But eating locally does, in fact, help the planet too! If you’re in a beach location and eat locally sourced seafood, the distance the food travels is completely minimised which is really helpful. It also allows you, as a sustainable tourist, to try food you might not otherwise try.
13. Cut down on meat
Again, this is a tip that works in everyday life – not just as a sustainable tourist. Meat really impacts the planet, and by opting for veggie dishes when you travel you’re able to both try something new AND do good by the planet. Big sustainable tourist points here!
14. Pick your souvenirs well
Souvenir shops are plentiful in big touristy destinations. But a lot of it is just plastic tat that has been mass-manufactured, and it isn’t something you’ll treasure forever. The materials used to make them are harmful for the planet, and they’ll probably just end up in landfill at some point further down the line. If you choose to support local and genuine artists, you’re again being a sustainable tourist by contributing to the local economy and coming away with something much more special which will look great in your home or make a fantastic gift for someone.
15. Follow the rules
When visiting sites like Petra or Pompeii, there are sign posts with rules that allow you to see exactly how to behave in order to respect and protect the location. These are ancient sites which have been there for years, and deserve to be treated with a certain level of delicacy to keep them looking as they do for future visitors. Rules like not standing on certain stones or avoiding particular areas, for example, are in place for a reason and that is to protect the place you’re visiting as a sustainable tourist.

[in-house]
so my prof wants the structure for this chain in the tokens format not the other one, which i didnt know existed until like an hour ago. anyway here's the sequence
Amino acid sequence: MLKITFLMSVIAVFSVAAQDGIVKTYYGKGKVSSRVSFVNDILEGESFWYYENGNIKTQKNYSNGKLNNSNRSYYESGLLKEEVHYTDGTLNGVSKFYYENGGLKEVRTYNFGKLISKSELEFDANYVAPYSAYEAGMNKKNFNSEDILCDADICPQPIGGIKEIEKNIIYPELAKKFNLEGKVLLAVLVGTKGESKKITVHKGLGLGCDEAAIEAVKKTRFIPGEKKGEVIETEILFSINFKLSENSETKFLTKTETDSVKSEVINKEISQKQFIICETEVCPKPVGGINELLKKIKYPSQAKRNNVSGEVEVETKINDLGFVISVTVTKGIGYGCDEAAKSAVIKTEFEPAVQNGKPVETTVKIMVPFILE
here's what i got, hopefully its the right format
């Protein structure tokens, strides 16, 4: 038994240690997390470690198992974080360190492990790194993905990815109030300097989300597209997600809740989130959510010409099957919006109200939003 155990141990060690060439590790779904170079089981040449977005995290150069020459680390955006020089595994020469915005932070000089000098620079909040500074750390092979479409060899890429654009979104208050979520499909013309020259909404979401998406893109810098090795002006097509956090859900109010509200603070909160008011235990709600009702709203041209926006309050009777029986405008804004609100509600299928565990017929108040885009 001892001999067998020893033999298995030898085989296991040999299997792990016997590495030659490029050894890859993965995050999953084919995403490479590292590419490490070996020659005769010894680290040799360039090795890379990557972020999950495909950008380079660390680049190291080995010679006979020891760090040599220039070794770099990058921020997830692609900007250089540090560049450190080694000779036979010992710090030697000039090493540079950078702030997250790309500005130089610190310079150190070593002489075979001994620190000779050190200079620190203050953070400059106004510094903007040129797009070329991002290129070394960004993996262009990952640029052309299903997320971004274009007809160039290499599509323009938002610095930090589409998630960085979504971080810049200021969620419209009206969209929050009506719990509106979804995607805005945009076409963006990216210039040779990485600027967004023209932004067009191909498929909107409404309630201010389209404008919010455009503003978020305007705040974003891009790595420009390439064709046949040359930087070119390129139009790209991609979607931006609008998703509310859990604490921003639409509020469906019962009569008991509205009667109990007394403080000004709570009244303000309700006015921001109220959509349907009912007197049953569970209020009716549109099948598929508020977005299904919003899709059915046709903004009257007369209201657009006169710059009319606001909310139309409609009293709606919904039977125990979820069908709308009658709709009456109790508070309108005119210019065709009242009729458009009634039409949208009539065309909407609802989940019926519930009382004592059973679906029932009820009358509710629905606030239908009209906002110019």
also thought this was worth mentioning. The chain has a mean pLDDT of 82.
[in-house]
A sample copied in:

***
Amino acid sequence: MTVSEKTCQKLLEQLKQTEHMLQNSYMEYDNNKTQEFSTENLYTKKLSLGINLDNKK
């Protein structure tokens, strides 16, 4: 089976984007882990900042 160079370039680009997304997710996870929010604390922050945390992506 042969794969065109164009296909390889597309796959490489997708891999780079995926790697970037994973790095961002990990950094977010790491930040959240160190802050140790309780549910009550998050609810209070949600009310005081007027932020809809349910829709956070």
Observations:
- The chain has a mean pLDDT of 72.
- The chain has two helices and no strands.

16. Be aware of cultural differences
Again, this has more of a focus on social sustainability. Different countries have different cultures, and it is really important to research this before travelling both for your own safety and to avoid offending locals. Culture is a big reason that people travel in the first place, so it is really important, as a sustainable tourist, to ensure it generally remains untouched and unchanged.
Some examples of this include not drinking in places where this isn’t allowed, dressing appropriately when visiting a mosque or making sure to cover your shoulders or knees at religious sites that require this.
17. Keep noise levels to a minimum
Noise pollution can be incredibly annoying, as well as being bad for the environment. As a tourist, you need to ensure you aren’t contributing too much to the noise levels of an area – this is a fact of basic respect. Not blasting music as you sunbathe, being quiet as you leave a bar in the evening, and so on; these are all ways in which you can be a more sustainable tourist and not make too much noise.
18. Take reusable bags with you
Especially when on city breaks or when travelling long-term, there might be a lot of opportunities when you need a bag after you’ve bought something. By taking a reusable bag with you, like this one, you eliminate the need for another form of single-use plastic and make yourself much more of a sustainable tourist. Cotton tote bags are a great option, as they fold up really small in your luggage but you can fit loads in them if you’re doing a food shop for example.
19. Travel in the off-season
In a similar vein to visiting lesser-known locations, travelling during the off-season is a great chance to see a popular place when it’s quieter and lessen the impact your visit has on a destination. There will be less people creating noise, mess, pollution and more at one given time; it also means places are less busy, so you can see and do more with your visit. Off-season visiting makes you a more sustainable tourist!
20. Take fewer cruises
For some people, cruising is life. It’s an amazing way to see multiple destinations in just one trip, and experience a bit of luxury along the way. But cruises (for the most part) have such a big impact on the environment – they’re often really not sustainable with the emissions they make. Cruise lines are doing as much as they can to change this, but by cruising less you can definitely be a more sustainable tourist yourself.
How to be a sustainable tourist- To conclude
If you enjoyed learning how to be a sustainable tourist, you might also enjoy the following articles…
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- 12 plastics pollution facts that will scare you